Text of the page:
News / Vancouver

B.C. will help two homeless men sent west by Saskatchewan government: Premier Christy Clark

Vancouver councillor Kerry Jang said the Saskatchewan government "should be ashamed" for buying two homeless men one-way bus tickets to B.C.

A Greyhound bus parked at the North Battleford, Sask. bus depot in 2005. Flickr user:

Flickr/Dave Sutherland

A Greyhound bus parked at the North Battleford, Sask. bus depot in 2005. Flickr user:

British Columbia Premier Christy Clark said the province should and will help the two homeless men en route to the west coast after the Saskatchewan government bought them one-way bus tickets to B.C., where neither had social services lined up.

Saskatchewan’s ministry of social services spent $500 on B.C.-bound bus tickets for the two First Nations men instead of helping them at home, where their local shelter recently faced funding cuts, the Saskatoon Star Phoenix reported Wednesday.

According to the newspaper, one man has family in Victoria and one, a 21-year-old who struggles with mental health problems, doesn’t know a soul in Vancouver, his final destination. The men embarked from North Battleford, Sask. Tuesday night, but it’s not clear whether they arrived in B.C.

Regardless, Clark said the province stands ready to help, adding that B.C.’s strong economy is attracting a variety of people.

“I think everybody in British Columbia would say we want to support people with serious mental illness and we want to make sure they get the care that they need,” Clark told reporters. “Wherever they are in Canada, we should be supporting them… if they decide to come to British Columbia, we’re going to support them in that.”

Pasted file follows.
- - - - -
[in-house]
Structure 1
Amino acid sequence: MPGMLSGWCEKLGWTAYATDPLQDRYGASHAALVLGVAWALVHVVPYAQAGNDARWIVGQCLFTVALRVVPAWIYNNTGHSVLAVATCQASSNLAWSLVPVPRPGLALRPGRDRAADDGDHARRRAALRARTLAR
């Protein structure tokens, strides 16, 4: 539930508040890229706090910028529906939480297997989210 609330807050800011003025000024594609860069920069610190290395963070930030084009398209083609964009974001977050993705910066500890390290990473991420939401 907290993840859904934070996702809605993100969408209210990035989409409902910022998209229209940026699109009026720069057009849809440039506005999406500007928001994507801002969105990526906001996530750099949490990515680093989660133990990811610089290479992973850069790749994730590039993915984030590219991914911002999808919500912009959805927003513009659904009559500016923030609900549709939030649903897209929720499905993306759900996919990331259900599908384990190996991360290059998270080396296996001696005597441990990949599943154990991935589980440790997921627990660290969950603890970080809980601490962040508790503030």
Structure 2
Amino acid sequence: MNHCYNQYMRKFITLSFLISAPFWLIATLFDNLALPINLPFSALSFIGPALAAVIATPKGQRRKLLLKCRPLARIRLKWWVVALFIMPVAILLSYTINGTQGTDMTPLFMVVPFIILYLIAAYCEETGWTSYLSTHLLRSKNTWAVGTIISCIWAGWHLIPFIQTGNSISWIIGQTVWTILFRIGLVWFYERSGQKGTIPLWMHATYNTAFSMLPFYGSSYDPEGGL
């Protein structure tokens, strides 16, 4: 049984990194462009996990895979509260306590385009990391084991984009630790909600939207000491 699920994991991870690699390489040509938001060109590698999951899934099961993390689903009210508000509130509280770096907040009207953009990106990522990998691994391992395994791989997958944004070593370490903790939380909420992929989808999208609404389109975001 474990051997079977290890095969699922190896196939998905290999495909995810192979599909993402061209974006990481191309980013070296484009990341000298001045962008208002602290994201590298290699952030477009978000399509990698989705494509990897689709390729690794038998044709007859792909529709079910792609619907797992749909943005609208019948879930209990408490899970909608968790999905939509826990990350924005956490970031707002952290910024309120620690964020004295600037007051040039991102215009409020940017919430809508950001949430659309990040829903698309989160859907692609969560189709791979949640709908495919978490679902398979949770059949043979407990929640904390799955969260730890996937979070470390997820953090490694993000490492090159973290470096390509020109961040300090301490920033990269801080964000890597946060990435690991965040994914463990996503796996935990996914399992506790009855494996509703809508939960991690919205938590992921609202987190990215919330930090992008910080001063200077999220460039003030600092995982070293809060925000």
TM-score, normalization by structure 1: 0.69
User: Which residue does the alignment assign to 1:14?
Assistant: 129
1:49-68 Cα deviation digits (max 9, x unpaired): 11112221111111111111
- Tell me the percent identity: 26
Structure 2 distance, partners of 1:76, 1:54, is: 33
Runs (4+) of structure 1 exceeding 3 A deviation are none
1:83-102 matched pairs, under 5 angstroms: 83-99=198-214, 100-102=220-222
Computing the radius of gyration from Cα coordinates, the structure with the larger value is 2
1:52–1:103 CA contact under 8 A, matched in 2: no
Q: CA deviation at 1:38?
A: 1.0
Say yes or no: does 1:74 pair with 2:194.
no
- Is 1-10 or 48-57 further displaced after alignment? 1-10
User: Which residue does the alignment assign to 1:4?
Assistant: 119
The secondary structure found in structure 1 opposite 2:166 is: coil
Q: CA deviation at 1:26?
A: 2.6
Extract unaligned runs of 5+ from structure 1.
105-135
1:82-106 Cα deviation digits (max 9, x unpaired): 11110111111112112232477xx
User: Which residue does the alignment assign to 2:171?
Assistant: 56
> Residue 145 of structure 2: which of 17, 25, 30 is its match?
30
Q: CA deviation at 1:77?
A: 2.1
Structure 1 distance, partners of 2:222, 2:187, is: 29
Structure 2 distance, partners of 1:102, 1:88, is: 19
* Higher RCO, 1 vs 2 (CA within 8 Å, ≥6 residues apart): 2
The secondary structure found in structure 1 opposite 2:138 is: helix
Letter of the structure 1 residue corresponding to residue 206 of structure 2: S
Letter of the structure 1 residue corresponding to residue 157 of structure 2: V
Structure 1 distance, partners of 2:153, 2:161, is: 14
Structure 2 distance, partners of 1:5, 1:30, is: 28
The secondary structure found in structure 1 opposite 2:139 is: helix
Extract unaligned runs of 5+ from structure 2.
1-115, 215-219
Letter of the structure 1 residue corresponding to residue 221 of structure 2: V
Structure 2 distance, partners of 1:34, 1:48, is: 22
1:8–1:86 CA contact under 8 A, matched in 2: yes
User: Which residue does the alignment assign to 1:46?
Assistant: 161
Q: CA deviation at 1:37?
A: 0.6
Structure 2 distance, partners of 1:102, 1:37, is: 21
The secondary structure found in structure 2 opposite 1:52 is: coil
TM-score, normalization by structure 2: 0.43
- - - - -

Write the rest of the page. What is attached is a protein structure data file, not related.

Vancouver Coun. Kerry Jang, who is also a psychiatry professor at UBC who researches mental illness, said this story shows homelessness is a problem across Canada, not just in major centres, and called for a national homelessness strategy. Meanwhile, he hopes Saskatchewan will look to British Columbia and Vancouver for how to properly treat people who need low barrier shelters.

“To treat two human beings that way, slapping them on the bus, one reportedly with mental health issues, to send them off into the night, is absolutely disgusting,” Jang said.

“I hope Saskatchewan learns from this and says we’ve got to invest in our social services and get people the best care to get them on their feet again, not push it off and hope fate will take care of them.”

The Star Phoenix reported that Saskatchewan social workers have the discretion to buy people bus tickets, usually to join family, but it is not typical. The government announced Wednesday it will review the case.  

Vancouver’s annual homeless count takes place Wednesday night to Thursday morning. If volunteers meet either man, they will offer help.

“We’re a humane and just society here in Vancouver, and certainly our province is as well,” Jang said. “You just don’t treat people that way.”

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